Inadvertent defense downgrade quickly reverted
Developers of the Symfony PHP framework have reversed a recent change that inadvertently turned off protection against cross-site request forgery (CSRF) attacks.
Symfony is a popular PHP framework for web and console applications. The Symfony form component of the open source software features a CSRF protection mechanism that relies on a random token injected in the form.
This protection can be enabled or disabled by changing the configuration setup of the framework. Protection was enabled by default until a recent change in how the configuration was loaded meant that CSRF protection was turned off and needed to be explicitly enabled.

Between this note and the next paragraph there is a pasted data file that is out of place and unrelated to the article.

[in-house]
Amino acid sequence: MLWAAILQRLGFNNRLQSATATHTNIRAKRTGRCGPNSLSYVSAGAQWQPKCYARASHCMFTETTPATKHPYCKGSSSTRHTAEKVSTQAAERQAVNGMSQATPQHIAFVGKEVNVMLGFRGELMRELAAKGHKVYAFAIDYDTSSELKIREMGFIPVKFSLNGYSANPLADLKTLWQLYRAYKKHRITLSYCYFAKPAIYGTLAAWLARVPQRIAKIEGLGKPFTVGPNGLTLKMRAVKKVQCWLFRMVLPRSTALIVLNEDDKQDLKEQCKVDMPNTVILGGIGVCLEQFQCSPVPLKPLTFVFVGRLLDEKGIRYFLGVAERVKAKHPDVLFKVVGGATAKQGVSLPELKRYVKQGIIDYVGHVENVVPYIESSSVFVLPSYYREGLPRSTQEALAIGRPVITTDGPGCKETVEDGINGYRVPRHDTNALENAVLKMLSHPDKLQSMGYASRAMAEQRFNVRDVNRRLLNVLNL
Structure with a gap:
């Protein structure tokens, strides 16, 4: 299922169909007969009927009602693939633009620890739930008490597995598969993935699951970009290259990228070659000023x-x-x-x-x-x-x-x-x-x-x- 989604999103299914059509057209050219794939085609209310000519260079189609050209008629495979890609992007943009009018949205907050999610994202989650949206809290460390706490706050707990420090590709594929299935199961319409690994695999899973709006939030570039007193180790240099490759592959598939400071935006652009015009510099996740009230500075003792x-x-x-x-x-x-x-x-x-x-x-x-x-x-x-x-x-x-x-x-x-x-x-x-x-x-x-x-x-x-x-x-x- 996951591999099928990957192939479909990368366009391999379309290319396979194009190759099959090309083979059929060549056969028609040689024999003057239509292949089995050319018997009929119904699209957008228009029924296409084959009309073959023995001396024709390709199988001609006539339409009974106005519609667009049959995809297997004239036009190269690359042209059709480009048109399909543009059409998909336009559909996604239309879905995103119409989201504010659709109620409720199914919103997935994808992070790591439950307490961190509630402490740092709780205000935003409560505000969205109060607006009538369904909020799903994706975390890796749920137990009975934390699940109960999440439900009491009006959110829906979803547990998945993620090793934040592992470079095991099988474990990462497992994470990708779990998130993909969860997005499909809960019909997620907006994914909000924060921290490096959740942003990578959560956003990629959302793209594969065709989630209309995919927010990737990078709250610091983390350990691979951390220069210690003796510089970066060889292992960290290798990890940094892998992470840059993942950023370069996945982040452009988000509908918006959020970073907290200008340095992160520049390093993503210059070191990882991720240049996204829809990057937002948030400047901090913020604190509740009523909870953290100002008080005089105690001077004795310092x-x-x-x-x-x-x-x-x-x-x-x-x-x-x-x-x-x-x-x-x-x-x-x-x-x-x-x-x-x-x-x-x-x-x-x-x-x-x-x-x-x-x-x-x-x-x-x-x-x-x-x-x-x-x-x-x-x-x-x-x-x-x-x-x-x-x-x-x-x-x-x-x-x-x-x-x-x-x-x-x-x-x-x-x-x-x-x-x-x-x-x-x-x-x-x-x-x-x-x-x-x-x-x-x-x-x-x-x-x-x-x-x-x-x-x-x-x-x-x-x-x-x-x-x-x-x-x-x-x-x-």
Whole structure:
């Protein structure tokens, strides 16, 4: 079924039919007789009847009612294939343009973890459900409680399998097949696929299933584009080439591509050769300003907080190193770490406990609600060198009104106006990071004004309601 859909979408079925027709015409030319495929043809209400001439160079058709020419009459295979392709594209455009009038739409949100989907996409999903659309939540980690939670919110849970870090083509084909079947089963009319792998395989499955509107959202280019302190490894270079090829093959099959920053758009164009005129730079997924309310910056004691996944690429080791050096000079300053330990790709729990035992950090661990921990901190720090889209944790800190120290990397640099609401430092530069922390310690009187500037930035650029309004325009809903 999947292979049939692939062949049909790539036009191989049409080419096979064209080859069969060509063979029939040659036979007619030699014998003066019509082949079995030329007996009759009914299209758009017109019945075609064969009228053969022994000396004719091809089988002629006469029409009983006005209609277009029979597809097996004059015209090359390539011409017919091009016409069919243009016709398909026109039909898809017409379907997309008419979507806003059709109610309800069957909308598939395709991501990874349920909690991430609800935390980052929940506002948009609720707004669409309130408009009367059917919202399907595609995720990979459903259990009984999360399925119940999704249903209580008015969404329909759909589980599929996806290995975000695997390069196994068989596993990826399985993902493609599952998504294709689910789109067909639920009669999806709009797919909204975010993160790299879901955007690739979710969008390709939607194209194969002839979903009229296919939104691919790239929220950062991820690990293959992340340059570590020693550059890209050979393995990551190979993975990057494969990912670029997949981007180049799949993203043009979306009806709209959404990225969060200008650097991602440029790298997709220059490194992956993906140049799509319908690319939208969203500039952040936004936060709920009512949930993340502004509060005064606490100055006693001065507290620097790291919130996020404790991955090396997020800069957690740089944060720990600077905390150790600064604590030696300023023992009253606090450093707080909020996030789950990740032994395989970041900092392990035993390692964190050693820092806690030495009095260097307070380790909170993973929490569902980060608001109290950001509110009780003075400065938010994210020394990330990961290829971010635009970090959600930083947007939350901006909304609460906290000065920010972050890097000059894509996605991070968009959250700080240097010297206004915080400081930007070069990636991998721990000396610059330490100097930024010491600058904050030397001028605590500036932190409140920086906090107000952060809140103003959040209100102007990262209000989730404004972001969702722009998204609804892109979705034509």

CSRF vulnerabilities creates a mechanism for attackers to trick users into carrying out actions they did not intend to perform. The problem arises in cases where it’s possible for different websites to interfere with each other.
Modern browsers such as Chrome as well as web development frameworks such as Symfony feature built-in protection against CSRF attacks.
Users of affected versions of Symfony (5.3.14 , 5.4.3, and 6.03) need to upgrade to patched versions, as explained in an advisory posted on GitHub.
The issue – tracked as CVE-2022-23501 – notched a CVSS score of 8.1. Because of its high impact early remediation is recommended.